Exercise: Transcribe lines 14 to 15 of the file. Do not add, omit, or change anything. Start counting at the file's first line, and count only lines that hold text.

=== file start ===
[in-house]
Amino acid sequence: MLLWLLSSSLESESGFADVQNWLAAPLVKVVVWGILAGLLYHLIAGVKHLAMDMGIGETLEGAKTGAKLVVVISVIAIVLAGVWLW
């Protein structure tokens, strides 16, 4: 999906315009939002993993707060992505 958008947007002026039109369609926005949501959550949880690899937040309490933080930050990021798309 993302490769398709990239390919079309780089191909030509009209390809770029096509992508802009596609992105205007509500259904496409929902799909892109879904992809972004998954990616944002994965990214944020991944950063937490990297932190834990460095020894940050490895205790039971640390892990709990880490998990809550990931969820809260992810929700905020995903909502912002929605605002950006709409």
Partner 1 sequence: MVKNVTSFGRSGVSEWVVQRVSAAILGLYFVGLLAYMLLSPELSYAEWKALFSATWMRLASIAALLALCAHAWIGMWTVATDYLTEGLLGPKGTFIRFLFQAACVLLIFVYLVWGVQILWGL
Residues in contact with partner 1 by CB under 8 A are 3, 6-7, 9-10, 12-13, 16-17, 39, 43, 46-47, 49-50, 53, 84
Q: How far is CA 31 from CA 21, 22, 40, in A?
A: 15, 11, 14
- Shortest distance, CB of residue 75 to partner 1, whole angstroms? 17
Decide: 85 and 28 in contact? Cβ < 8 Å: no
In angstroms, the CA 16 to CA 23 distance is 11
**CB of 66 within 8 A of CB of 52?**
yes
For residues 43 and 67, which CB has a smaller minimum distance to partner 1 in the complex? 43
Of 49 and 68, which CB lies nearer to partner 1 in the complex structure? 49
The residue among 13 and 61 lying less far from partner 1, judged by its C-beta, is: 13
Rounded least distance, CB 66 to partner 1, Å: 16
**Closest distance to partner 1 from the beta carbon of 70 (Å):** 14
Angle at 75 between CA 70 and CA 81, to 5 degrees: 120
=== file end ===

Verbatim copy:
Of 49 and 68, which CB lies nearer to partner 1 in the complex structure? 49
The residue among 13 and 61 lying less far from partner 1, judged by its C-beta, is: 13